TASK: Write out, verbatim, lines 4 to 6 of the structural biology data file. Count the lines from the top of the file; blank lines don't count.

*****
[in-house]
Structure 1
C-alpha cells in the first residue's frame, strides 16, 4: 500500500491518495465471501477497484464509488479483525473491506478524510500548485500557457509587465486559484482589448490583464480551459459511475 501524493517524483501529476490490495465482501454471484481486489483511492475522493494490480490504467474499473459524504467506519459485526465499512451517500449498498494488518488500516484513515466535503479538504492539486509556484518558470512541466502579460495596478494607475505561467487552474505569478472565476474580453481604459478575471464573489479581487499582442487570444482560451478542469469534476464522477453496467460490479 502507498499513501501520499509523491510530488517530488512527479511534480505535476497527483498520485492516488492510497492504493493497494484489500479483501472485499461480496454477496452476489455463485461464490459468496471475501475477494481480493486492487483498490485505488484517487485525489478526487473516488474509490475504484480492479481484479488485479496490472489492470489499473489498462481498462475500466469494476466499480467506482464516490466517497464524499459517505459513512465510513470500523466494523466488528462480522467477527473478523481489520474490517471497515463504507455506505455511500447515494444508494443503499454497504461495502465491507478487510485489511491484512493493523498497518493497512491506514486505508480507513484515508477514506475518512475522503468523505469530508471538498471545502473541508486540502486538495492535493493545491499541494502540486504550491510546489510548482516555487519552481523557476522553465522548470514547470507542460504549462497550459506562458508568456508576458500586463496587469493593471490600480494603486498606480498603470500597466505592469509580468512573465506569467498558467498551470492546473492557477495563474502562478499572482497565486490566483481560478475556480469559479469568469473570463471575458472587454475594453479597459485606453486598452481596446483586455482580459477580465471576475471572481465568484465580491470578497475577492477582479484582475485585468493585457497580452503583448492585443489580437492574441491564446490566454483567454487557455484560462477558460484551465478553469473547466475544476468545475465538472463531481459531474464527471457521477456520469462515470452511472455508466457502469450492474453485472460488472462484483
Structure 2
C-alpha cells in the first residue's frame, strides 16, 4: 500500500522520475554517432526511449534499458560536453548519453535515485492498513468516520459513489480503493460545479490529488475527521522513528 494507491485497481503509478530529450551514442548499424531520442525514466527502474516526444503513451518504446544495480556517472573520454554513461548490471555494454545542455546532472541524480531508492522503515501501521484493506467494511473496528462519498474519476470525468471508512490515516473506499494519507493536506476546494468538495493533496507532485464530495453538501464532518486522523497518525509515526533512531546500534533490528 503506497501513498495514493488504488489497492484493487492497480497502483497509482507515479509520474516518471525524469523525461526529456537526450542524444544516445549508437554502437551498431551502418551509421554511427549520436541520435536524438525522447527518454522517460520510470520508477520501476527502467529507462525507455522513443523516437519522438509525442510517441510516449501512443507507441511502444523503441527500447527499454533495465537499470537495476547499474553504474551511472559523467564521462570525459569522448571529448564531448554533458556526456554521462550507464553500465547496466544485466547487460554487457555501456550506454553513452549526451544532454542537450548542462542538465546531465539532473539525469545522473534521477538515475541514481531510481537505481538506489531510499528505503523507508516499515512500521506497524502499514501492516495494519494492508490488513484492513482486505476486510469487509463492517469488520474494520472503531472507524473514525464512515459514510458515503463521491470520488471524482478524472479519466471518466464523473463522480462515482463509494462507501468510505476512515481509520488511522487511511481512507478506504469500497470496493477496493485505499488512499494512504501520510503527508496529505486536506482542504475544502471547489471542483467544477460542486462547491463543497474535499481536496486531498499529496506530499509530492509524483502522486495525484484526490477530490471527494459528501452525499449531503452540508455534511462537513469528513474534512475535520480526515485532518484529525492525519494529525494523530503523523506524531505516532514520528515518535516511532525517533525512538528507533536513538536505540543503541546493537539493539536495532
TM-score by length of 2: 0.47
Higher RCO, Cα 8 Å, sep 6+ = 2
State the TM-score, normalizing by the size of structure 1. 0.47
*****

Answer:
Structure 2
C-alpha cells in the first residue's frame, strides 16, 4: 500500500522520475554517432526511449534499458560536453548519453535515485492498513468516520459513489480503493460545479490529488475527521522513528 494507491485497481503509478530529450551514442548499424531520442525514466527502474516526444503513451518504446544495480556517472573520454554513461548490471555494454545542455546532472541524480531508492522503515501501521484493506467494511473496528462519498474519476470525468471508512490515516473506499494519507493536506476546494468538495493533496507532485464530495453538501464532518486522523497518525509515526533512531546500534533490528 503506497501513498495514493488504488489497492484493487492497480497502483497509482507515479509520474516518471525524469523525461526529456537526450542524444544516445549508437554502437551498431551502418551509421554511427549520436541520435536524438525522447527518454522517460520510470520508477520501476527502467529507462525507455522513443523516437519522438509525442510517441510516449501512443507507441511502444523503441527500447527499454533495465537499470537495476547499474553504474551511472559523467564521462570525459569522448571529448564531448554533458556526456554521462550507464553500465547496466544485466547487460554487457555501456550506454553513452549526451544532454542537450548542462542538465546531465539532473539525469545522473534521477538515475541514481531510481537505481538506489531510499528505503523507508516499515512500521506497524502499514501492516495494519494492508490488513484492513482486505476486510469487509463492517469488520474494520472503531472507524473514525464512515459514510458515503463521491470520488471524482478524472479519466471518466464523473463522480462515482463509494462507501468510505476512515481509520488511522487511511481512507478506504469500497470496493477496493485505499488512499494512504501520510503527508496529505486536506482542504475544502471547489471542483467544477460542486462547491463543497474535499481536496486531498499529496506530499509530492509524483502522486495525484484526490477530490471527494459528501452525499449531503452540508455534511462537513469528513474534512475535520480526515485532518484529525492525519494529525494523530503523523506524531505516532514520528515518535516511532525517533525512538528507533536513538536505540543503541546493537539493539536495532
TM-score by length of 2: 0.47